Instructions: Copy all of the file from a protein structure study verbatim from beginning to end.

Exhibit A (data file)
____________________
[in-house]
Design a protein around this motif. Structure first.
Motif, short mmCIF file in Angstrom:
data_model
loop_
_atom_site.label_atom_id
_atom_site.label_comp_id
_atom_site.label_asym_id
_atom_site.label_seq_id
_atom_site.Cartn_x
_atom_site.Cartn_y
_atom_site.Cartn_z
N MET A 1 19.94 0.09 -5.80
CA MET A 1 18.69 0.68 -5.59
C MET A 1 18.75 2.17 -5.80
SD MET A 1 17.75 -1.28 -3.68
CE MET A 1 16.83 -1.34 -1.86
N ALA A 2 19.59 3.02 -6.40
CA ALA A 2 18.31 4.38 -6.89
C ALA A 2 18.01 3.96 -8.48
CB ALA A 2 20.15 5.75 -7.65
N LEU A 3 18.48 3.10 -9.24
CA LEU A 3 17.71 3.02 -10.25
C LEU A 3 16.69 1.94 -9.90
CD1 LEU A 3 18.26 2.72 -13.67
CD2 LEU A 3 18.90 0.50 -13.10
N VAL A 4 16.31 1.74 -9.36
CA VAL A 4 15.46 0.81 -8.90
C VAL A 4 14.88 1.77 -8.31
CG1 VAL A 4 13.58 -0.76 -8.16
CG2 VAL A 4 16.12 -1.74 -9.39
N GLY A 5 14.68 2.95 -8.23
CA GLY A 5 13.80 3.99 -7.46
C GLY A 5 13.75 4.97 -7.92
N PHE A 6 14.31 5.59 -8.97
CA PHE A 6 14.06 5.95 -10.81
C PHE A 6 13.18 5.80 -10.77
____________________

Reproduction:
[in-house]
Design a protein around this motif. Structure first.
Motif, short mmCIF file in Angstrom:
data_model
loop_
_atom_site.label_atom_id
_atom_site.label_comp_id
_atom_site.label_asym_id
_atom_site.label_seq_id
_atom_site.Cartn_x
_atom_site.Cartn_y
_atom_site.Cartn_z
N MET A 1 19.94 0.09 -5.80
CA MET A 1 18.69 0.68 -5.59
C MET A 1 18.75 2.17 -5.80
SD MET A 1 17.75 -1.28 -3.68
CE MET A 1 16.83 -1.34 -1.86
N ALA A 2 19.59 3.02 -6.40
CA ALA A 2 18.31 4.38 -6.89
C ALA A 2 18.01 3.96 -8.48
CB ALA A 2 20.15 5.75 -7.65
N LEU A 3 18.48 3.10 -9.24
CA LEU A 3 17.71 3.02 -10.25
C LEU A 3 16.69 1.94 -9.90
CD1 LEU A 3 18.26 2.72 -13.67
CD2 LEU A 3 18.90 0.50 -13.10
N VAL A 4 16.31 1.74 -9.36
CA VAL A 4 15.46 0.81 -8.90
C VAL A 4 14.88 1.77 -8.31
CG1 VAL A 4 13.58 -0.76 -8.16
CG2 VAL A 4 16.12 -1.74 -9.39
N GLY A 5 14.68 2.95 -8.23
CA GLY A 5 13.80 3.99 -7.46
C GLY A 5 13.75 4.97 -7.92
N PHE A 6 14.31 5.59 -8.97
CA PHE A 6 14.06 5.95 -10.81
C PHE A 6 13.18 5.80 -10.77